Fig. 3:Overexpression of circLMNB1 reduced the suppressive effect of METTL3 silencing on CRC progression
Note: (A) METTL3 expression, ( ) NC siRNA; ( ) si-METTL3+EV; ( ) si-METTL3+circLMNB1; ( ) si-METTL3; (B) Western blotting technique; (C) CCK-8 assays, ( ) NC siRNA; ( ) si-METTL3; ( ) si-METTL3+EV; ( ) si-METTL3+circLMNB1 and (D) Transwell assay, ( ) NC siRNA; ( ) si-METTL3+EV and ( ) si-METTL3+circLMNB1; ( ) si-METTL3, *p<0.05, **p<0.01 vs. NC siRNA; #p<0.05, ##p<0.01 vs. si-METTL3+EV
Knockdown of METTL3 facilitated the apoptosis of CRC cells by downregulating circLMNB1. Changes in circLMNB1 expression in CRC cells transfected with si-METTL3 or/and the circLMNB1 overexpression plasmid were detected by RT-qPCR. qRT-PCR results showed that knockdown of METTL3 dramatically downregulated circLMNB1 expression, which also could be attenuated by circLMNB1 overexpression in CRC cells (fig. 4A). ELISA assays were performed to confirm the change in caspase 3 activity in METTL3-silencing or/and circLMNB1- overexpressing CRC cells. Furthermore, METTL3 silencing markedly increased caspase 3 activities in CRC cells and those increases in caspase 3 activity could be reversed by circLMNB1 overexpression (fig. 4B). Flow cytometry was used to monitor cell apoptosis in the transfected CRC cells. Additionally, we found that knockdown of METTL3 significantly increased the apoptosis rate of CRC cells, while circLMNB1 overexpression could attenuate the increase in cell apoptosis mediated by METTL3 knockdown (fig. 4C). Generally, we found that METTL3 knockdown could increase the apoptosis of CRC cells through its effect on circLMNB1.
Fig. 4:Knockdown of METTL3 facilitated the apoptosis of CRC cells by downregulating circLMNB1
Note: (A) circLMNB1 expression, ( ) NC siRNA; ( ) si-METTL3; ( ) si-METTL3+EV; ( ) si-METTL3+circLMNB1; (B) ELISA assays, ( ) NC siRNA; ( ) si-METTL3; ( ) si-METTL3+EV; ( ) si-METTL3+circLMNB1 and (C) Flow cytometry, ( ) NC siRNA; ( ) si-METTL3; ( ) si-METTL3+EV and ( ) si-METTL3+circLMNB1, *p<0.05, **p<0.01 vs. NC siRNA; #p<0.05, ##p<0.01 vs. si-METTL3+EV
CircLMNB1 overexpression enhanced the growth and improved the histopathological structure of METTL3-silenced CRC xenograft tumors. Next, we further examined whether METTL3 siRNA could suppress the growth of the CRC xenograft tumors and improve their pathological structure by effecting circLMNB1. LoVo cells were transfected with METTL3 shRNA or/and circLMNB1 overexpression plasmids and then injected into nude mice. As shown in fig. 5A, the sizes and volumes of the tumors were significantly reduced in the sh-METTL3 group relative to those in the NC shRNA group and those reductions in tumor size and volume could be reversed by circLMNB1 overexpression (fig. 5A and fig. 5B). Additionally, METTL3 knockdown can also notably downregulate METTL3 expression in the CRC xenograft tumors. The nude mice were sacrificed, their bodies were examined, the tumors were removed and tumor volume growth curves were plotted. However, overexpression of circLMNB1 did not recover the loss of METTL3 expression (fig. 5B and fig. 5C). METTL3 and circLMNB1 expression was detected by qRT-PCR and Western blotting. METTL3 knockdown significantly downregulated circLMNB1 expression in the CRC xenograft tumors and the downregulation mediated by METTL3 silencing could be reversed by circLMNB1 overexpression (fig. 5D and fig. 5E). H&E staining was used to analyze the pathological structure of tumors and caspase 3 expression was detected by IHC. When examined by H&E staining, tissues in the sh-METTL3 group displayed signs of cell necrosis and nucleus fixation, while tissue necrosis in the sh-METTL3 group was somewhat ameliorated when circLMNB1 was overexpressed (fig. 5F, upper line). IHC results revealed that METTL3 knockdown significantly increased caspase 3 expressions in the CRC xenograft tumors and those increases could be markedly attenuated by circLMNB1 overexpression (fig. 5F, lower line). These findings verified that METTL3 knockdown could significantly suppress tumor growth and destroy the pathological structure of CRC xenograft tumors by effecting circLMNB1.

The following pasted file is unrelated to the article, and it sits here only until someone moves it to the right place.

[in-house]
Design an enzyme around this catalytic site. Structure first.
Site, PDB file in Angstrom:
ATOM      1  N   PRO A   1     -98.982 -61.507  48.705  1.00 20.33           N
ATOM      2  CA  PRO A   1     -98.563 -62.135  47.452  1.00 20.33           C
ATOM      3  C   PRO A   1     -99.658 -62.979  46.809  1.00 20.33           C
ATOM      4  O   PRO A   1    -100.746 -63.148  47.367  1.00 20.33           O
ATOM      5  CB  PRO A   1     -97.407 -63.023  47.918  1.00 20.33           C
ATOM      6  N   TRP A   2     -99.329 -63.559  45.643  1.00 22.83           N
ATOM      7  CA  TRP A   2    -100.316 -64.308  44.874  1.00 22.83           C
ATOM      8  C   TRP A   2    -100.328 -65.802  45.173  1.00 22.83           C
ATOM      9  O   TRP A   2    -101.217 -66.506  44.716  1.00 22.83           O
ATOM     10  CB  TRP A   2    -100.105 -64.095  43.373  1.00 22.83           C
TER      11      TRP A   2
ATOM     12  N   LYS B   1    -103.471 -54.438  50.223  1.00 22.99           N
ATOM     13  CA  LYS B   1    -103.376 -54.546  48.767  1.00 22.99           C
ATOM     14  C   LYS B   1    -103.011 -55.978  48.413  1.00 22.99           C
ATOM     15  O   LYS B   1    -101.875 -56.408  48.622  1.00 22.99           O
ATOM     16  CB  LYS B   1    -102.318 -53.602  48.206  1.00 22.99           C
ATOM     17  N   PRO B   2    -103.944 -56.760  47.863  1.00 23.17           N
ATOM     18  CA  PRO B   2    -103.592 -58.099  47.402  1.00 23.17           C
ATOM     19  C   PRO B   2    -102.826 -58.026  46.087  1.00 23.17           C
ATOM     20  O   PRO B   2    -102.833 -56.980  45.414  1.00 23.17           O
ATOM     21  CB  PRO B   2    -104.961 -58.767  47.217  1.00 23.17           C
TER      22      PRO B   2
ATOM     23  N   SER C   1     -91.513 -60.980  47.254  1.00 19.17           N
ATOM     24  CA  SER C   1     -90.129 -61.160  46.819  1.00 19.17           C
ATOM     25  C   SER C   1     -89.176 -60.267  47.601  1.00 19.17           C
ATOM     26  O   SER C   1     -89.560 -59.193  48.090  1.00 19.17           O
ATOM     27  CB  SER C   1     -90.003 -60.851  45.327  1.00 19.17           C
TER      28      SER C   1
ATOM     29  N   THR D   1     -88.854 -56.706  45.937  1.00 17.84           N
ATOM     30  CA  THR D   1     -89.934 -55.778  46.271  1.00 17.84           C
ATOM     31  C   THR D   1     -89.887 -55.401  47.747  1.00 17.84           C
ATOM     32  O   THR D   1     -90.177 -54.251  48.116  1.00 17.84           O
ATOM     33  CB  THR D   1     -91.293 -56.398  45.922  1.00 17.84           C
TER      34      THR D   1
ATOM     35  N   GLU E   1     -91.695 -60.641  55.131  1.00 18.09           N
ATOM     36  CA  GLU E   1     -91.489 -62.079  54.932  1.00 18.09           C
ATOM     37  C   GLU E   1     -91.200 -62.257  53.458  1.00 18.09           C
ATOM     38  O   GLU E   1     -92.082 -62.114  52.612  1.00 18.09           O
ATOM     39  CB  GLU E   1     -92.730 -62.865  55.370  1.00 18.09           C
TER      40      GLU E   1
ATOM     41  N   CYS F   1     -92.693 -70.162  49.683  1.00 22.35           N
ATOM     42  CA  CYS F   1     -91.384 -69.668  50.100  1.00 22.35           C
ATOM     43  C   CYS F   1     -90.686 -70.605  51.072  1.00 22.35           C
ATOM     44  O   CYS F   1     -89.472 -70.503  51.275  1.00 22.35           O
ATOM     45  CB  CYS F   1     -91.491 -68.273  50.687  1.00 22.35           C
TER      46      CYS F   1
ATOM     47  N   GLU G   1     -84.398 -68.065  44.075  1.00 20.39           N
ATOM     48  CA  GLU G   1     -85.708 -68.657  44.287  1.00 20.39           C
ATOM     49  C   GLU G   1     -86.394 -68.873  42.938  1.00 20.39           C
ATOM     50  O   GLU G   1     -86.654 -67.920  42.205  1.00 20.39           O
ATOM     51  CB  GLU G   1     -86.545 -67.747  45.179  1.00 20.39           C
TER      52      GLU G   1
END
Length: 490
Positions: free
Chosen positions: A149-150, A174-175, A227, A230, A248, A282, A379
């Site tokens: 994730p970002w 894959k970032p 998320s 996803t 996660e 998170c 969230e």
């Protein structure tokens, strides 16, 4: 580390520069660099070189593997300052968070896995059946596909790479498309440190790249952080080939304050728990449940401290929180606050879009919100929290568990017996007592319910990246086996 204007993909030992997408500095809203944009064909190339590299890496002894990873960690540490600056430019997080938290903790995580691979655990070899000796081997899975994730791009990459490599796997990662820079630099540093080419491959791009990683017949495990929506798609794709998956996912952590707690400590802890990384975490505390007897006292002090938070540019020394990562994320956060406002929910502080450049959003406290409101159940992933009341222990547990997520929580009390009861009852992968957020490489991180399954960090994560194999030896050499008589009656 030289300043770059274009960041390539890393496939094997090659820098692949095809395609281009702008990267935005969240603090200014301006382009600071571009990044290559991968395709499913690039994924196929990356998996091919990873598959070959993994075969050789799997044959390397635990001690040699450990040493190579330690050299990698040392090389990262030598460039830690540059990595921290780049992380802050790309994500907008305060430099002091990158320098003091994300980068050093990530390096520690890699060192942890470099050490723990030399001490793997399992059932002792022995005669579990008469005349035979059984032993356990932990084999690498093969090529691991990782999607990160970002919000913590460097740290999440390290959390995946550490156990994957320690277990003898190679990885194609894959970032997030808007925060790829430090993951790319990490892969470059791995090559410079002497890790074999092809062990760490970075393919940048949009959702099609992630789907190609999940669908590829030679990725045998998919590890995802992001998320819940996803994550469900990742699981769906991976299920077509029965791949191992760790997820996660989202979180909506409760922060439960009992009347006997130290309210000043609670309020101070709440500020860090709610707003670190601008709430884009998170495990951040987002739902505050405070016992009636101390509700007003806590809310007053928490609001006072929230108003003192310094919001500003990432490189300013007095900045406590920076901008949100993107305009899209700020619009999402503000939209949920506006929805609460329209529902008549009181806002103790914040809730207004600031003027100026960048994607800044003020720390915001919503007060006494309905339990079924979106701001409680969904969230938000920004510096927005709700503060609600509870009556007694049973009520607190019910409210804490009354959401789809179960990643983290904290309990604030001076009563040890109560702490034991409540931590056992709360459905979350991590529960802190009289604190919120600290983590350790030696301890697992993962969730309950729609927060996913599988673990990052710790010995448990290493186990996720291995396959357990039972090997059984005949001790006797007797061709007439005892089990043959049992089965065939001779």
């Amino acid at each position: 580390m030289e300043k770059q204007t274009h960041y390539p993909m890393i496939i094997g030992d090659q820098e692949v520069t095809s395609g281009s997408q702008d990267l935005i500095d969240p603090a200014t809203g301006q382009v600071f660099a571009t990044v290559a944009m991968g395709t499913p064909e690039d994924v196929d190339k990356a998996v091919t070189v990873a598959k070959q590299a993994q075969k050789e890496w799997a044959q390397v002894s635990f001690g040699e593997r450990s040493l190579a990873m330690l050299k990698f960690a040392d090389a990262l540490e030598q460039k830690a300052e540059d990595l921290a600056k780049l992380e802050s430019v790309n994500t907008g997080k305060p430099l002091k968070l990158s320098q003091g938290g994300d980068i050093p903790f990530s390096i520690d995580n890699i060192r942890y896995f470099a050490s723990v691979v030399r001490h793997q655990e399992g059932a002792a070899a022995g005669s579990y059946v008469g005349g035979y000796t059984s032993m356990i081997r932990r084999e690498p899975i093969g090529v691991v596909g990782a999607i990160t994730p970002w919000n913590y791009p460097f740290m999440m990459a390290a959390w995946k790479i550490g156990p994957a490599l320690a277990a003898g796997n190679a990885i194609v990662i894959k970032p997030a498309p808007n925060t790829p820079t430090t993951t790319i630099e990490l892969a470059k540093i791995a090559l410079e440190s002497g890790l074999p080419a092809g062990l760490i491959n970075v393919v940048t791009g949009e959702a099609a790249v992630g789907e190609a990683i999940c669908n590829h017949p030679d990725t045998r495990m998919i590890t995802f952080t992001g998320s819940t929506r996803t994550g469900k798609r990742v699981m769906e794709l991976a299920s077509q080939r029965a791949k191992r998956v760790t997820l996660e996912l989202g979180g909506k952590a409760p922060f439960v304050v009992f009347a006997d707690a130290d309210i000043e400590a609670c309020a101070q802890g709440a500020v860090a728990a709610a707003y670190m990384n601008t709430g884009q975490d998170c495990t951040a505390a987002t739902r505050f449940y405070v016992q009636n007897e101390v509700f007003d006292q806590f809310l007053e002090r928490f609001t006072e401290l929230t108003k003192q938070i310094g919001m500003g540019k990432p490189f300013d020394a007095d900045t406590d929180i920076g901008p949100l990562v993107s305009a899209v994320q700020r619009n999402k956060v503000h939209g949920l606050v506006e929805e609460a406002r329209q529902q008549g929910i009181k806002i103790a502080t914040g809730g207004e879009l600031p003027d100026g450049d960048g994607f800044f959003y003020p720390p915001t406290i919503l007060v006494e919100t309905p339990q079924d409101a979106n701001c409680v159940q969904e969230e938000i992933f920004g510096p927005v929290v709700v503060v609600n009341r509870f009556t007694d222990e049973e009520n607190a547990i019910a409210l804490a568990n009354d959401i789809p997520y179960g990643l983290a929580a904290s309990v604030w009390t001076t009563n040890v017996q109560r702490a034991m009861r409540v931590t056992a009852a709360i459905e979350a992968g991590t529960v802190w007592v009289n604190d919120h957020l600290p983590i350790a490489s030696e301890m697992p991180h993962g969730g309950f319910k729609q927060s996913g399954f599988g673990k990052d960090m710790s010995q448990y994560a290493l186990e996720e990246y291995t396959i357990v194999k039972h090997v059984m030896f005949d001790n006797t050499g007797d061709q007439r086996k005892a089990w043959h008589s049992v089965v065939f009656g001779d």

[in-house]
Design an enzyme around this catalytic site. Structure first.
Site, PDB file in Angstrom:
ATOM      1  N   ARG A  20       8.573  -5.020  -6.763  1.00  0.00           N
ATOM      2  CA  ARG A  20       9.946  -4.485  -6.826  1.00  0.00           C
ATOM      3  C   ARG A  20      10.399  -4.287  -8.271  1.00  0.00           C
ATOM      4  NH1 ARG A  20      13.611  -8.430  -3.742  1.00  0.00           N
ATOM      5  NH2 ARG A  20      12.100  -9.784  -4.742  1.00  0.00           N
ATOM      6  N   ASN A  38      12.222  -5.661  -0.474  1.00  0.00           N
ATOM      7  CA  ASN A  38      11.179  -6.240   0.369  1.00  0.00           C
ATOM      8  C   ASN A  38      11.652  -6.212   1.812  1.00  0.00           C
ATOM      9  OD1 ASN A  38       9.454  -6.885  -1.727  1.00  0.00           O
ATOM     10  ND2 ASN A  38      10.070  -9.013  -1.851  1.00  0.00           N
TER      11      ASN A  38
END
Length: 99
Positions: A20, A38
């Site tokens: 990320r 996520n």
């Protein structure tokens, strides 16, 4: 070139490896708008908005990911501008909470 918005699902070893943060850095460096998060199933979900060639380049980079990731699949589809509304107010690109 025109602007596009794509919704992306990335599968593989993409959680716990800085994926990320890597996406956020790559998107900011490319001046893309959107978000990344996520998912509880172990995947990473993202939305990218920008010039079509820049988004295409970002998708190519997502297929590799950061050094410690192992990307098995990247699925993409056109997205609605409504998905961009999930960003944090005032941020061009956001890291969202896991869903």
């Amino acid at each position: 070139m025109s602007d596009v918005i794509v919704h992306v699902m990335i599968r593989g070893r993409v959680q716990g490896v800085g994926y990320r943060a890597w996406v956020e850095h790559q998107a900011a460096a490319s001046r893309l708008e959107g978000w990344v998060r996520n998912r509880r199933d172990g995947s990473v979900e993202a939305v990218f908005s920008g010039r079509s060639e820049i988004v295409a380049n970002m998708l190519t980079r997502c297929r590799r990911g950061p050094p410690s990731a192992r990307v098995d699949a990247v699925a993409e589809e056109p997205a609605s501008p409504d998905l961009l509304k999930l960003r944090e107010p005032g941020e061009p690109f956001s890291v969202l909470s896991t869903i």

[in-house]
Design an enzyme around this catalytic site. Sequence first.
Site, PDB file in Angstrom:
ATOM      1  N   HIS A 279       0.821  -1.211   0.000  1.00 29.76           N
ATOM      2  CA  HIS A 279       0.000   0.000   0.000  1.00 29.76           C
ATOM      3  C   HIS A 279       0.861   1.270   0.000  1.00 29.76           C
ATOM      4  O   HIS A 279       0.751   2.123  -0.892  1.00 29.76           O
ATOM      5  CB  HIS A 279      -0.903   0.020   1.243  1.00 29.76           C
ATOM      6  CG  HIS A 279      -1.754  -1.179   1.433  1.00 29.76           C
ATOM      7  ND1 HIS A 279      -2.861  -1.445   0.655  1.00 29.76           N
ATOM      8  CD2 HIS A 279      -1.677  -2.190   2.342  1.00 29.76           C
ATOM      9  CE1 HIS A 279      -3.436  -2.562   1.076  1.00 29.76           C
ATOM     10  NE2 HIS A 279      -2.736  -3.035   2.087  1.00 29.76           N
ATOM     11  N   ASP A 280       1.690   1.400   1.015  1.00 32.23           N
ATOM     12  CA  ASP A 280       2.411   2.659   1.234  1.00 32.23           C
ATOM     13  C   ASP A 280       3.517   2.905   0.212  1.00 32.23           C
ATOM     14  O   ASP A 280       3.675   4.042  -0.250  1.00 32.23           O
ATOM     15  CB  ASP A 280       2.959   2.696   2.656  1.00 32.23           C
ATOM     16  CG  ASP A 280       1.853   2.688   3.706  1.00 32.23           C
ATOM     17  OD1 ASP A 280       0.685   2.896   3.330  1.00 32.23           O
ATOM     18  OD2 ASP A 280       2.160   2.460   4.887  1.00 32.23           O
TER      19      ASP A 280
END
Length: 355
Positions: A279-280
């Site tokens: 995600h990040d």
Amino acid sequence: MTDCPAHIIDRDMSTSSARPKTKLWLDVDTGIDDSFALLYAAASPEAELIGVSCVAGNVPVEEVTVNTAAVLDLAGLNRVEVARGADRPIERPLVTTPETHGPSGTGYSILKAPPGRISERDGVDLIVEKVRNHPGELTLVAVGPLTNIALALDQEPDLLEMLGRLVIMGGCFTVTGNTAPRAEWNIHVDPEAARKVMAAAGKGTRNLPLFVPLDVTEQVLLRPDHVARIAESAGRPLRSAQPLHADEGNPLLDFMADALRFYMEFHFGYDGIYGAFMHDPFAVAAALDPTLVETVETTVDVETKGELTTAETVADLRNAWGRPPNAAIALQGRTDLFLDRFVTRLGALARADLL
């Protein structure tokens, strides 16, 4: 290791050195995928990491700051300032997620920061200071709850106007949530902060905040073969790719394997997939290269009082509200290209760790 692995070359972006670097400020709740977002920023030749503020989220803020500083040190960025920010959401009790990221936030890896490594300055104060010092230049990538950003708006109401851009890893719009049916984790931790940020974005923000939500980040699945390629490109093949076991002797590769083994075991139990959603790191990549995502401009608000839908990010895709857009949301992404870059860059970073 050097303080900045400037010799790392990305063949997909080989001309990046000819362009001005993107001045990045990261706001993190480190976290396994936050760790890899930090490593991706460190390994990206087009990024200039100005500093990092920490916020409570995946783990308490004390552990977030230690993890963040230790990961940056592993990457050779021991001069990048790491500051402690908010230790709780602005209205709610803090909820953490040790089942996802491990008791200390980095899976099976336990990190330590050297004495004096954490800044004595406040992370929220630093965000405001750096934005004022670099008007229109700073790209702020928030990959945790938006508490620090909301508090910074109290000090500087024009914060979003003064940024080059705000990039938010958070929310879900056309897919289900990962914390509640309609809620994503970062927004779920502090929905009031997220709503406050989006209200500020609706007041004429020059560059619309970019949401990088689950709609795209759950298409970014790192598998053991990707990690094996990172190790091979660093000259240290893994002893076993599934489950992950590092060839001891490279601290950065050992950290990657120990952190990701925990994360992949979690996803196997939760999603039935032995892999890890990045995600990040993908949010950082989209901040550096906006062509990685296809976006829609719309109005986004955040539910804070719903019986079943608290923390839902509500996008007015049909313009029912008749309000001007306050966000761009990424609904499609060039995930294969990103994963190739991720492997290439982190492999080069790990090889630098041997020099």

Fig. 5:CircLMNB1 overexpression enhanced the growth and improved the histopathological structure of METTL3-silenced CRC xenograft tumors
Note: (A-C) ( ) NC shRNA; ( ) sh-METTL3; ( ) sh-METTL3+EV; ( ) sh-METTL3+circLMNB1; (D) ( ) NC shRNA; ( ) sh-METTL3; ( ) sh-METTL3+EV; ( ) sh-METTL3+circLMNB1; (E) Western blotting and (F) H&E staining and IHC, *p<0.05, **p<0.01 vs. NC shRNA; ##p<0.01 vs. sh METTL3+EV; NS: Not Significant